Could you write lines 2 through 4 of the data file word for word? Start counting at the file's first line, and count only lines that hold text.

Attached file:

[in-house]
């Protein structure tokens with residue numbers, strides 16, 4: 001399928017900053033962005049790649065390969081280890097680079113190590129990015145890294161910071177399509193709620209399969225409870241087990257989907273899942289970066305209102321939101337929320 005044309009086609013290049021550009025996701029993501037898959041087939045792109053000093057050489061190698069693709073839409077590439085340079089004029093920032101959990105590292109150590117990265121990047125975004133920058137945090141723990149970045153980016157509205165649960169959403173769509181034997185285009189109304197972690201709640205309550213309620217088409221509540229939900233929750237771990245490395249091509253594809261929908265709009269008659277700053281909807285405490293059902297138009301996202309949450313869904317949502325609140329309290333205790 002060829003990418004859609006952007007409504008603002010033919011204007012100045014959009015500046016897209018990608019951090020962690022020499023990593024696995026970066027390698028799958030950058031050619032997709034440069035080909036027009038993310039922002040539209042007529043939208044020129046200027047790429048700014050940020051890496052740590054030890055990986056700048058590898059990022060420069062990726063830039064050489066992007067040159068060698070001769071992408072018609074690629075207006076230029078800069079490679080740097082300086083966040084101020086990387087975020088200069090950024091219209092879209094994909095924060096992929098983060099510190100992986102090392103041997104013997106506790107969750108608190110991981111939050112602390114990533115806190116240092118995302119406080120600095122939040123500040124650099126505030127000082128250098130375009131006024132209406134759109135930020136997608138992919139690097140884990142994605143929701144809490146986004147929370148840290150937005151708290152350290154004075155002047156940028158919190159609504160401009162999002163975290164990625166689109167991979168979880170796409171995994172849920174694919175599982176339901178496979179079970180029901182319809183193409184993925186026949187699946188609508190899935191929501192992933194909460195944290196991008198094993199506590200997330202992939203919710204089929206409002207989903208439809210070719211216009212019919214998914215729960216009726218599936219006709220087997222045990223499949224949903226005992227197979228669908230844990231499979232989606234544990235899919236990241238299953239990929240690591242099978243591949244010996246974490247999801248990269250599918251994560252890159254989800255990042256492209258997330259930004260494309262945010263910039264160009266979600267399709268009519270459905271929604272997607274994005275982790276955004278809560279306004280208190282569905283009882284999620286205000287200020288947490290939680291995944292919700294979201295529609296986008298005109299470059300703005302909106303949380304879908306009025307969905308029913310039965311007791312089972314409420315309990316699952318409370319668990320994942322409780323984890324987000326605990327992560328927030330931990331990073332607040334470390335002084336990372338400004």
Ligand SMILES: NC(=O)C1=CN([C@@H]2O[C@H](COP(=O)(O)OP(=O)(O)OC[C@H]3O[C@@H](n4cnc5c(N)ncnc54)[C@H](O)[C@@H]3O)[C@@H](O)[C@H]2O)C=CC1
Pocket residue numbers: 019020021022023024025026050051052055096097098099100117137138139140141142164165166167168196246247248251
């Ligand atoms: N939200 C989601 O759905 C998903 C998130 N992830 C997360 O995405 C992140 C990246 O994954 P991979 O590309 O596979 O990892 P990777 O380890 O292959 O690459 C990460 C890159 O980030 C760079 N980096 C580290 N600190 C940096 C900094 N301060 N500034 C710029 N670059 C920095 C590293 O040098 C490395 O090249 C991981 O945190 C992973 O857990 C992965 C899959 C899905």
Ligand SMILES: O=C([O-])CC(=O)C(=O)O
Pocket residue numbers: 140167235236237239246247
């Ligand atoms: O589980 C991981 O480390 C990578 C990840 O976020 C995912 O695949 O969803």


């Protein structure tokens with residue numbers, strides 16, 4: 001399928017900053033962005049790649065390969081280890097680079113190590129990015145890294161910071177399509193709620209399969225409870241087990257989907273899942289970066305209102321939101337929320 005044309009086609013290049021550009025996701029993501037898959041087939045792109053000093057050489061190698069693709073839409077590439085340079089004029093920032101959990105590292109150590117990265121990047125975004133920058137945090141723990149970045153980016157509205165649960169959403173769509181034997185285009189109304197972690201709640205309550213309620217088409221509540229939900233929750237771990245490395249091509253594809261929908265709009269008659277700053281909807285405490293059902297138009301996202309949450313869904317949502325609140329309290333205790 002060829003990418004859609006952007007409504008603002010033919011204007012100045014959009015500046016897209018990608019951090020962690022020499023990593024696995026970066027390698028799958030950058031050619032997709034440069035080909036027009038993310039922002040539209042007529043939208044020129046200027047790429048700014050940020051890496052740590054030890055990986056700048058590898059990022060420069062990726063830039064050489066992007067040159068060698070001769071992408072018609074690629075207006076230029078800069079490679080740097082300086083966040084101020086990387087975020088200069090950024091219209092879209094994909095924060096992929098983060099510190100992986102090392103041997104013997106506790107969750108608190110991981111939050112602390114990533115806190116240092118995302119406080120600095122939040123500040124650099126505030127000082128250098130375009131006024132209406134759109135930020136997608138992919139690097140884990142994605143929701144809490146986004147929370148840290150937005151708290152350290154004075155002047156940028158919190159609504160401009162999002163975290164990625166689109167991979168979880170796409171995994172849920174694919175599982176339901178496979179079970180029901182319809183193409184993925186026949187699946188609508190899935191929501192992933194909460195944290196991008198094993199506590200997330202992939203919710204089929206409002207989903208439809210070719211216009212019919214998914215729960216009726218599936219006709220087997222045990223499949224949903226005992227197979228669908230844990231499979232989606234544990235899919236990241238299953239990929240690591242099978243591949244010996246974490247999801248990269250599918251994560252890159254989800255990042256492209258997330259930004260494309262945010263910039264160009266979600267399709268009519270459905271929604272997607274994005275982790276955004278809560279306004280208190282569905283009882284999620286205000287200020288947490290939680291995944292919700294979201295529609296986008298005109299470059300703005302909106303949380304879908306009025307969905308029913310039965311007791312089972314409420315309990316699952318409370319668990320994942322409780323984890324987000326605990327992560328927030330931990331990073332607040334470390335002084336990372338400004």
Ligand SMILES: NC(=O)C1=CN([C@@H]2O[C@H](COP(=O)(O)OP(=O)(O)OC[C@H]3O[C@@H](n4cnc5c(N)ncnc54)[C@H](O)[C@@H]3O)[C@@H](O)[C@H]2O)C=CC1
Pocket residue numbers: 019020021022023024025026050051052055096097098099100117137138139140141142164165166167168196246247248251